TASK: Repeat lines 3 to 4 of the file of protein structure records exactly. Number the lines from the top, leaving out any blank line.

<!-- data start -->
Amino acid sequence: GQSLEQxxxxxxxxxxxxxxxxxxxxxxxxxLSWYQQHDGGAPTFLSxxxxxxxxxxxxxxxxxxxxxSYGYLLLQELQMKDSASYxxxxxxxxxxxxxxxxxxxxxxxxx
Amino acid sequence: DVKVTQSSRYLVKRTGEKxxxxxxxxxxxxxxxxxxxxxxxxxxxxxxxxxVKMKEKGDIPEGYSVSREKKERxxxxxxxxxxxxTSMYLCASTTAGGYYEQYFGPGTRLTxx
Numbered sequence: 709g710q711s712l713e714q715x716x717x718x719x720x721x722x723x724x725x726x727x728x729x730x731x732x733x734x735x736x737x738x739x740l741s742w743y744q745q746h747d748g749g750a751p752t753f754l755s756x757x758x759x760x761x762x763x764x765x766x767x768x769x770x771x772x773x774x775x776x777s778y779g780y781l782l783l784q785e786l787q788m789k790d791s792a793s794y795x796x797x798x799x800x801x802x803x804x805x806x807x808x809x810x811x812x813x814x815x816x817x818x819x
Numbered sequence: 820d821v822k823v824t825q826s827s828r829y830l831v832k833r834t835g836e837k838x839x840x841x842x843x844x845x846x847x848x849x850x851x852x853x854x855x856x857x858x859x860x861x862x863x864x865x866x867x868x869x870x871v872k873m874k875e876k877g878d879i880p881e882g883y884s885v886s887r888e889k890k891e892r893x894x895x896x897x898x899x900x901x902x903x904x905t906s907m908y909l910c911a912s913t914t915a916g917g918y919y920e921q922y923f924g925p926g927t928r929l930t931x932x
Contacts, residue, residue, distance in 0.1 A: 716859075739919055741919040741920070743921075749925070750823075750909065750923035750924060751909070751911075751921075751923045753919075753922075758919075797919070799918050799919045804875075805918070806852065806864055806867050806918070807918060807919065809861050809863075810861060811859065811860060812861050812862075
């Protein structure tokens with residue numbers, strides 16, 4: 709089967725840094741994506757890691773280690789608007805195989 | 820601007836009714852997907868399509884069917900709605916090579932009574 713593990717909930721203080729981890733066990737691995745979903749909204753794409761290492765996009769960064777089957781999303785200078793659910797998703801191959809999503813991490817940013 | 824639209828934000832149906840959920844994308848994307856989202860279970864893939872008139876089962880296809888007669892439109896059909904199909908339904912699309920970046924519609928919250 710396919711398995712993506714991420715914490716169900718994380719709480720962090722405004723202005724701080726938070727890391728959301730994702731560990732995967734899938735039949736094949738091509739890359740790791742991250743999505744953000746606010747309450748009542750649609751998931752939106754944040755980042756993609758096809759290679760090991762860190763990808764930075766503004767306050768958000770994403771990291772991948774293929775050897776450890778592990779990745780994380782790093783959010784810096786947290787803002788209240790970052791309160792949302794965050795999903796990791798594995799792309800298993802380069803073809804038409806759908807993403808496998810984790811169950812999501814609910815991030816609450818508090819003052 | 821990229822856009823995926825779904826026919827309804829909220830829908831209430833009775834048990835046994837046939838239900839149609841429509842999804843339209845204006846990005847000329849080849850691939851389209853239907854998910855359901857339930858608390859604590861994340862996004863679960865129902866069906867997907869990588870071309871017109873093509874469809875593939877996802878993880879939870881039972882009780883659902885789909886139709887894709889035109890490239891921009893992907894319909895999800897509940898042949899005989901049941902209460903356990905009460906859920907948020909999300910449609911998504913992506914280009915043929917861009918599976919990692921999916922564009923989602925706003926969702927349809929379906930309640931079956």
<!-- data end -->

Numbered sequence: 709g710q711s712l713e714q715x716x717x718x719x720x721x722x723x724x725x726x727x728x729x730x731x732x733x734x735x736x737x738x739x740l741s742w743y744q745q746h747d748g749g750a751p752t753f754l755s756x757x758x759x760x761x762x763x764x765x766x767x768x769x770x771x772x773x774x775x776x777s778y779g780y781l782l783l784q785e786l787q788m789k790d791s792a793s794y795x796x797x798x799x800x801x802x803x804x805x806x807x808x809x810x811x812x813x814x815x816x817x818x819x
Numbered sequence: 820d821v822k823v824t825q826s827s828r829y830l831v832k833r834t835g836e837k838x839x840x841x842x843x844x845x846x847x848x849x850x851x852x853x854x855x856x857x858x859x860x861x862x863x864x865x866x867x868x869x870x871v872k873m874k875e876k877g878d879i880p881e882g883y884s885v886s887r888e889k890k891e892r893x894x895x896x897x898x899x900x901x902x903x904x905t906s907m908y909l910c911a912s913t914t915a916g917g918y919y920e921q922y923f924g925p926g927t928r929l930t931x932x